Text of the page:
Guardians have company atop AL Central
CLEVELAND -- The wind was rapidly taken out of the Guardians’ sails as Cal Raleigh launched a two-run homer in the top of the 11th inning on Sunday.
The two teams had endured a rain delay of 4 hours, 33 minutes earlier in the afternoon. The Guardians finally showed signs of life at the plate, tying the game in the eighth inning, which eventually forced extra innings.
The gritty, comeback nature of this young team that has been displayed all season suddenly was back in the third-base dugout at Progressive Field. It seemed as though Cleveland’s rough losing streak was on the brink of ending, even after the Mariners took a one-run lead in the top of the 11th. But as Raleigh’s long ball flew over the fence, that momentum was immediately halted, resulting in a 6-3 loss.
“It stings at the end, but we fought back,” Guardians manager Terry Francona said. “Our pitching's probably not in the greatest shape for tomorrow, but I still think the way we fought will serve us well.”
The loss stings because of the way it played out. It stings even more because the Guardians have watched the four-game lead in the American League Central they boasted at the beginning of the week get erased. A Twins victory on Sunday led to a tie atop division. But that’s not causing the team to panic.
“It's our responsibility to find whatever positive there is and pull it out because we're going to have to sleep quick and find some energy for tomorrow,” Francona said. “Because I don't think Kansas City is going to feel sorry for us.”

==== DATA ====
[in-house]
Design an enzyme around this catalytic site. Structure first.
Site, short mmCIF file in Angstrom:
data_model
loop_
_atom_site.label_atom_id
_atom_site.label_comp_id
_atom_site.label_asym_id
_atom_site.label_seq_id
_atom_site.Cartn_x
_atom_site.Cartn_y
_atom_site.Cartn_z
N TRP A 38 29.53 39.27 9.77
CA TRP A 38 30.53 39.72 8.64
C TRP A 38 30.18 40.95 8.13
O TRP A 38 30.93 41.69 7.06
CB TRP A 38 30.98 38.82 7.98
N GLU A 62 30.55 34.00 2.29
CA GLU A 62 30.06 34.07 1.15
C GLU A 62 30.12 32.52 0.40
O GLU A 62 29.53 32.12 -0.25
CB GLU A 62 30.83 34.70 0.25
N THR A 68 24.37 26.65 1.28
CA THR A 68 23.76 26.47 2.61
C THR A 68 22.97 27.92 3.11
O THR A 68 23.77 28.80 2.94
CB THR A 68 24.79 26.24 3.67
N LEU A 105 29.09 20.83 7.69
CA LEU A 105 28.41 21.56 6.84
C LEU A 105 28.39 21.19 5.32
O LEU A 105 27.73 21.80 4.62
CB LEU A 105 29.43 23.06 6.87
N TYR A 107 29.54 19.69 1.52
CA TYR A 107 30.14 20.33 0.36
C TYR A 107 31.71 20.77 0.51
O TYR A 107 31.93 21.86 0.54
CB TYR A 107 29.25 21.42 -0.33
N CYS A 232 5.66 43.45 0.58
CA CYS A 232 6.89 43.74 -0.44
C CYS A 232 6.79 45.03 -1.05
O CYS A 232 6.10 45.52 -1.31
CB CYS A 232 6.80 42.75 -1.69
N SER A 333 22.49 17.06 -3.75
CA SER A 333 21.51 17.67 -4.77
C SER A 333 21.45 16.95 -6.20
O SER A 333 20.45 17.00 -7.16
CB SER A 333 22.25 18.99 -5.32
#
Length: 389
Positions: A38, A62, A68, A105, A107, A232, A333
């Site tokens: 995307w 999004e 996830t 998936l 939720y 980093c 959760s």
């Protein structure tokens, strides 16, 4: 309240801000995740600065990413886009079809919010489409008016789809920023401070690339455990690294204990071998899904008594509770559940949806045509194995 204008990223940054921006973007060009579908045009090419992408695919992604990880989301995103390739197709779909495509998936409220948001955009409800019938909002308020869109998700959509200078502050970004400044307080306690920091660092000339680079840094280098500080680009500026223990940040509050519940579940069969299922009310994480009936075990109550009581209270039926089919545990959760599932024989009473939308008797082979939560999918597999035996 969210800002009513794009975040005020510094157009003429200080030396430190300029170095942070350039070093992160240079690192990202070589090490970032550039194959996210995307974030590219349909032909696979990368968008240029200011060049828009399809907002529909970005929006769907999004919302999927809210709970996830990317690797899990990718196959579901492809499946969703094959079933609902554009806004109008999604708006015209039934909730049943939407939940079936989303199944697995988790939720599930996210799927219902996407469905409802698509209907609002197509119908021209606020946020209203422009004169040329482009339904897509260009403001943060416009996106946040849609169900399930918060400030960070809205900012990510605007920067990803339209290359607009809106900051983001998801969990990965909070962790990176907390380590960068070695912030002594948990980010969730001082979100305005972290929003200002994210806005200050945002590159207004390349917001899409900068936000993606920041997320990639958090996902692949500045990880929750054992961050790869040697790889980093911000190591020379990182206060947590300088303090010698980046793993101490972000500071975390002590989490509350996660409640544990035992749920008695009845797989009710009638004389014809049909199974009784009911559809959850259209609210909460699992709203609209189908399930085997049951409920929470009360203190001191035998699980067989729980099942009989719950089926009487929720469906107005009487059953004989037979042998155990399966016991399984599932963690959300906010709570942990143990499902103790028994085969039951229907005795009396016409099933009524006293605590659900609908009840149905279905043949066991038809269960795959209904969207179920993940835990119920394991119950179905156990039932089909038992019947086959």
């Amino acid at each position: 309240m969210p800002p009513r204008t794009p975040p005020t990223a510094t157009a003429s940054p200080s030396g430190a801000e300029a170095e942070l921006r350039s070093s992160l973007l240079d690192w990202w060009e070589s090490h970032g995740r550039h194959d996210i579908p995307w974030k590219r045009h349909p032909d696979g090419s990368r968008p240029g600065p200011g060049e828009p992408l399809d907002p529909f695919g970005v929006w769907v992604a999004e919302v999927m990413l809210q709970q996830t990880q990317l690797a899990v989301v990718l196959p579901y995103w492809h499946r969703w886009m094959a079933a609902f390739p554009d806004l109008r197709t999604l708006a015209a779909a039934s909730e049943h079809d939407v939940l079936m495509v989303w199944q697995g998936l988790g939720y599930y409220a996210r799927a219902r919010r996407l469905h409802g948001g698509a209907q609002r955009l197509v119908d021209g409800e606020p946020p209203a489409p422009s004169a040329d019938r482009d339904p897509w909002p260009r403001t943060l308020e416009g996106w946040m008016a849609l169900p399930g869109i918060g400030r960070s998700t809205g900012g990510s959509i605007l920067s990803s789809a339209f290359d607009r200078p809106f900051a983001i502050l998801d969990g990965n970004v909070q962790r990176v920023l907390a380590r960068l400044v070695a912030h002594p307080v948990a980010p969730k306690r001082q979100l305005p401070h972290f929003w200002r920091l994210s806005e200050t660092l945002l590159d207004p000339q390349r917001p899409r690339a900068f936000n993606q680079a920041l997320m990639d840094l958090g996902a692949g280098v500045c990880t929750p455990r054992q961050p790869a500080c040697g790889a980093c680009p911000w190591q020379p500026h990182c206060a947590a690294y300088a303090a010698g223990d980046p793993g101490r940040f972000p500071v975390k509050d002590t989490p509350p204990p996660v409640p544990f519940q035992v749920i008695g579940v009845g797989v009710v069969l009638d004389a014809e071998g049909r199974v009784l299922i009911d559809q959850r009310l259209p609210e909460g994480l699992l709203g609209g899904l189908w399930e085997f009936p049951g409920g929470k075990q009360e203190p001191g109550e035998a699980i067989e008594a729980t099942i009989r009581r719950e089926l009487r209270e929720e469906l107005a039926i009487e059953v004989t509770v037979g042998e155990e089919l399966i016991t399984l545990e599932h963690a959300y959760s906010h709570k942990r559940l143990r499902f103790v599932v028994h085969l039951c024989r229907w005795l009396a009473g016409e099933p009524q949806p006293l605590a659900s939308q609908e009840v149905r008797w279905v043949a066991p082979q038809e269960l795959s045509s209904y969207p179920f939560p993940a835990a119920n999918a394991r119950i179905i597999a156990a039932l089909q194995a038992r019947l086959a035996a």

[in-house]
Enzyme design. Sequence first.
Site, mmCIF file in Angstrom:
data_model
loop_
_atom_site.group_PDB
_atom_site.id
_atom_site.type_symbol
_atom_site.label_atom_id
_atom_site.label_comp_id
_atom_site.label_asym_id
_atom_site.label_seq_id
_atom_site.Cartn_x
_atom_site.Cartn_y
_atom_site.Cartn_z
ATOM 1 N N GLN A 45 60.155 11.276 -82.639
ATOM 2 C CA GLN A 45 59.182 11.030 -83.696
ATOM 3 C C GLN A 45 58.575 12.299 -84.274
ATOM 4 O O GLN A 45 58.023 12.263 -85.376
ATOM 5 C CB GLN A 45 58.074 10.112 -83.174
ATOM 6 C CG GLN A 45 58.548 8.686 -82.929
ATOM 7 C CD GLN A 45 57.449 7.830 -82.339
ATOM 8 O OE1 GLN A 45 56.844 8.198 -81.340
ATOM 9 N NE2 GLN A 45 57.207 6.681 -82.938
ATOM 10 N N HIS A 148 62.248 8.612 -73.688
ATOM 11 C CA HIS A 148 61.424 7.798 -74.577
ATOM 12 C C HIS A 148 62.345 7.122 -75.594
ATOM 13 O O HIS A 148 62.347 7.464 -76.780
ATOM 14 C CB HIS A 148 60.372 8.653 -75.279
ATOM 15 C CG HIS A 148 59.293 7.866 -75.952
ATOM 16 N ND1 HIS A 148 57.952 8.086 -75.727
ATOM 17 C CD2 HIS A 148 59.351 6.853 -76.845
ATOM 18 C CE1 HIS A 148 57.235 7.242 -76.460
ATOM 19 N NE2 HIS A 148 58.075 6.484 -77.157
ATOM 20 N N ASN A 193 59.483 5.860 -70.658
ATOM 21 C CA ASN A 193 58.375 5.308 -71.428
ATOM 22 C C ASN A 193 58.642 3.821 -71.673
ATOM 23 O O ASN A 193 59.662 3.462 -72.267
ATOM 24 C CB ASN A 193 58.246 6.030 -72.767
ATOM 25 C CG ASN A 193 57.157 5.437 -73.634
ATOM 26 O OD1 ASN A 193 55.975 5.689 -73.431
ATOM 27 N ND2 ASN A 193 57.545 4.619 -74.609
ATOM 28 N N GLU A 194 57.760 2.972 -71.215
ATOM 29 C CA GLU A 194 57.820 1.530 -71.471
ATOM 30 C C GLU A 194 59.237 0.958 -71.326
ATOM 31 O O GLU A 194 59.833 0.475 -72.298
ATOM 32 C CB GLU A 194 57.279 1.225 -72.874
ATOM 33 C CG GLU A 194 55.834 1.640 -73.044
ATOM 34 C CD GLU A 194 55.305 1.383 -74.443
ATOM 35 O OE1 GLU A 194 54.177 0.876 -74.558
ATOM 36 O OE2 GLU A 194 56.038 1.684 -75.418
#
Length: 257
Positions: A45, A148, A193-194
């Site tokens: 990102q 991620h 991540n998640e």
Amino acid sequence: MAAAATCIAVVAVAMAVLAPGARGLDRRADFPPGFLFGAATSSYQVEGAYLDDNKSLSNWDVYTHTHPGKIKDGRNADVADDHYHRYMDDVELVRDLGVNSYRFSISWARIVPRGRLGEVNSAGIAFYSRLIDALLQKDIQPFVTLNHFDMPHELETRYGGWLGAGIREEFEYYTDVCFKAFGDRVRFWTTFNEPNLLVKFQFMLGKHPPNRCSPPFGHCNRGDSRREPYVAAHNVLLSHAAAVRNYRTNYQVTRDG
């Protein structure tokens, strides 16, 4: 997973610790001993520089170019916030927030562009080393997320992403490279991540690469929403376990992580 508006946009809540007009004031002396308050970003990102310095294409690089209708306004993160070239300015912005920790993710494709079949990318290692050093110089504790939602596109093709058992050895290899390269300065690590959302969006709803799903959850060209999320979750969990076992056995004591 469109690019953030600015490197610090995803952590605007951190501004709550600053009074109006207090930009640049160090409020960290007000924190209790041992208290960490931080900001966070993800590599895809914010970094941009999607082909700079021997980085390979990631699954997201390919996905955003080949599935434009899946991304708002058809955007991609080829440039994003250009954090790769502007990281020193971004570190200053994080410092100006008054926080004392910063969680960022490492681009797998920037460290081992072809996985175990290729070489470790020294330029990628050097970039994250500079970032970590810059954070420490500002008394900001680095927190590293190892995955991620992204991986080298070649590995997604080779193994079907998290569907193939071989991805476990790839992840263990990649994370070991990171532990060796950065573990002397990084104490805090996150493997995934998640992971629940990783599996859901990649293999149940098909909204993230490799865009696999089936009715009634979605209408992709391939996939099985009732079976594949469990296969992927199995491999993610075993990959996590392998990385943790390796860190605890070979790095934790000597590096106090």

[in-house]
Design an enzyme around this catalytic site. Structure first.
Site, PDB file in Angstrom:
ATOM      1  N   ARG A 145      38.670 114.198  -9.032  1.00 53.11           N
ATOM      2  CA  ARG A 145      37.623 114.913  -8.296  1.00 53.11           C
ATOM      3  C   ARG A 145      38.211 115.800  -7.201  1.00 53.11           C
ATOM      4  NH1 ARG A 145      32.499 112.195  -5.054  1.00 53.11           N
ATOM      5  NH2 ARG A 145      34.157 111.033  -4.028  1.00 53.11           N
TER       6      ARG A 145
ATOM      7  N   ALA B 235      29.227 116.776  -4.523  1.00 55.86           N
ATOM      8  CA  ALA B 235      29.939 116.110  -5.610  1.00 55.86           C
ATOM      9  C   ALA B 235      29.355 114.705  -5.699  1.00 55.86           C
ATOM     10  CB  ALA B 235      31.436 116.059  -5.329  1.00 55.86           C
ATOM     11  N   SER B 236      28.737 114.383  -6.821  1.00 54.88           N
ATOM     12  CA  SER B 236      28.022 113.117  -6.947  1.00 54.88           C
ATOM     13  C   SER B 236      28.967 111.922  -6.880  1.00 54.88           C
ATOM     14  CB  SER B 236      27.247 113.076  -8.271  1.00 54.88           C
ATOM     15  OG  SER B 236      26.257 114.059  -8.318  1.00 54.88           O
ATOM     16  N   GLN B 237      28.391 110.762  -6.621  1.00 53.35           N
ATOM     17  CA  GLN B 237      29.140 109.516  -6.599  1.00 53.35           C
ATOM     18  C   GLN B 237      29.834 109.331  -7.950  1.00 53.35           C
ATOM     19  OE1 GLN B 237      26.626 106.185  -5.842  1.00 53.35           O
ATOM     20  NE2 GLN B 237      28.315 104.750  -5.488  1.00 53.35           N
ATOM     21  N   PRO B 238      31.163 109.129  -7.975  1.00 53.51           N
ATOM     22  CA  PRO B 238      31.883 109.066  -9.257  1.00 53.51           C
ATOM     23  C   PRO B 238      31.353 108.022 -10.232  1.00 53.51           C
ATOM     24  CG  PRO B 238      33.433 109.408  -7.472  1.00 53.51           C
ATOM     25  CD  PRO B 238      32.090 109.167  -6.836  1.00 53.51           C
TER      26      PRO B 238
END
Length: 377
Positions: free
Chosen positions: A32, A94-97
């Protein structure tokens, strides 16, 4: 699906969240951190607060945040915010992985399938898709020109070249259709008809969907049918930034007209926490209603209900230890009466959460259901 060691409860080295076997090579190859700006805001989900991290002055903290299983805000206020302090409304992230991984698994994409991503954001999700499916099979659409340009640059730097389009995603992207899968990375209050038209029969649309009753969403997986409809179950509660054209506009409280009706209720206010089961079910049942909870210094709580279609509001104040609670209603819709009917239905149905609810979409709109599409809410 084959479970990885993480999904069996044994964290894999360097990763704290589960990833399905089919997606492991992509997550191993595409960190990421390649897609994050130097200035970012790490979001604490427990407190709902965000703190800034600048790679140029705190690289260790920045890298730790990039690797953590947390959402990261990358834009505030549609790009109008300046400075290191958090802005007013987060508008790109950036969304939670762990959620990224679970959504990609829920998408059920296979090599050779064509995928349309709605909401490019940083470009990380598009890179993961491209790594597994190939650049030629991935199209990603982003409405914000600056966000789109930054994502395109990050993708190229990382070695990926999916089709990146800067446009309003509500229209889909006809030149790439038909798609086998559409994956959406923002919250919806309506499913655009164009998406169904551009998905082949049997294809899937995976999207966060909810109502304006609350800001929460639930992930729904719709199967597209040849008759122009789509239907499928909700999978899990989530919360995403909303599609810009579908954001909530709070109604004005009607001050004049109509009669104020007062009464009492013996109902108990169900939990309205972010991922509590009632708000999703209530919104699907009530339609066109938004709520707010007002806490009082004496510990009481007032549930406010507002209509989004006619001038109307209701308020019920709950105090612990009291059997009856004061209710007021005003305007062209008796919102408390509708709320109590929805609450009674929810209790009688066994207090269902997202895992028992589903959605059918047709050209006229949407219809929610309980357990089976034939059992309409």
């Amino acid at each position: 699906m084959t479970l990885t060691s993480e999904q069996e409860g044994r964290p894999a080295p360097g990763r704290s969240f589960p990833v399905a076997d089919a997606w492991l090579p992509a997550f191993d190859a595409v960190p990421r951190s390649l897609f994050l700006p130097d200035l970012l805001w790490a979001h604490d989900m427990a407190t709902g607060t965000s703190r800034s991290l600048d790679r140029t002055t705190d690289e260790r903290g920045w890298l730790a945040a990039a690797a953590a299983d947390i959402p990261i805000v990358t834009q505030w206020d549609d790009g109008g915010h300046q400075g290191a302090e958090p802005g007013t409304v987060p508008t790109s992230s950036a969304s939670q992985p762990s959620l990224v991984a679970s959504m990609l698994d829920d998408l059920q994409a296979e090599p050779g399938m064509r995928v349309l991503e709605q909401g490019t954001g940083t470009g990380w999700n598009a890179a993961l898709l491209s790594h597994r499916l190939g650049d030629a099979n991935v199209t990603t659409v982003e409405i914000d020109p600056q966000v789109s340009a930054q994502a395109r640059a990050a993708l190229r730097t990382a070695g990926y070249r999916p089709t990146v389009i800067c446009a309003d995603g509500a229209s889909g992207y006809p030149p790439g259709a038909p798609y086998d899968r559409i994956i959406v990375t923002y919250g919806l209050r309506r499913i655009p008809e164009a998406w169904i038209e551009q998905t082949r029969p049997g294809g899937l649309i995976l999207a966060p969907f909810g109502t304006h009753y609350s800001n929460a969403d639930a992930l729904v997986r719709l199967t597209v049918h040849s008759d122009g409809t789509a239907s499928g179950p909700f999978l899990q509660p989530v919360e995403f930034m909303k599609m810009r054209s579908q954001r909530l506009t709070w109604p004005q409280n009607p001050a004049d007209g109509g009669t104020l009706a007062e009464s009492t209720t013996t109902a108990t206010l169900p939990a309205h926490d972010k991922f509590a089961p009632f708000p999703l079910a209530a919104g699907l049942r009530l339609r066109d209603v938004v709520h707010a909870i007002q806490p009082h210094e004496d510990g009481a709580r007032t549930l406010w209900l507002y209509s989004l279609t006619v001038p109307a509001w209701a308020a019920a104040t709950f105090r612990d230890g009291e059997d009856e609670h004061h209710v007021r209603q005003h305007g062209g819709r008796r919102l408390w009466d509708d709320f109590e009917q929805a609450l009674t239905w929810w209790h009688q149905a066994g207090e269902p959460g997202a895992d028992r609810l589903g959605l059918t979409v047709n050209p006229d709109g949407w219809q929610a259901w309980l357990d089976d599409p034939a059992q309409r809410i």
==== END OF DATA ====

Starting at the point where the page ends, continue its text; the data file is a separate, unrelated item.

As their losing streak stretched to five games on Sunday, the Guardians have yet to show any indication of being rattled. And as Francona alluded to, the team chose to focus on the positives of the comeback in the series finale against Seattle and realize it’s an indication that the club is on the brink of finding its stride yet again.
“We’re a comeback team, and we’ll fight to the end,” Guardians infielder Tyler Freeman said. “Like I said before, it just didn’t go our way. Down the stretch, it’s going to get tough. We know it’s going to be a battle, but we’re confident in what we’ve got going forward.”
James Karinchak stayed sharp, escaping a bases-loaded jam in the 10th inning. Oscar Gonzalez showed his first sign of breaking out of his slumping ways by smacking the game-tying RBI single in the eighth. Josh Naylor, who boasted a .143 average in his last 11 games entering the day, picked up two hits.
“We have a good group of guys,” Freeman said. “No one’s selfish here. We know that once the game’s over with, it’s over. And we’re going to have to approach the next day and get a win going forward. We’re not stressed or anything right now. We know our game and we’re going to go forward with it.”
As much as the Guardians would like to emphasize the positives, it’s impossible to ignore the reality of their situation. The club will need to take advantage of a three-game set against a sub-.500 team in the Royals this week to get back in the win column and try to create some separation in the division before a crucial stretch of eight games against the Twins in 11 days begins on Friday.
If Cleveland can’t right the ship immediately, the division could slip out of its hands in a hurry.
At the same time, this is a team that was never projected to be in this position at this time in the season. In a semi-rebuilding year, the young, inexperienced roster has found a way to still have a share of first place in September. But now that the Guardians have made it this far, their eyes are set on clinching a postseason berth. And the team is confident that if it continues to focus on the positives, it can get there.
“Sometimes the game is hard,” Francona said. “But I'm glad that we fought back. It's a hard way to lose, but if we do that, we're going to figure it out.”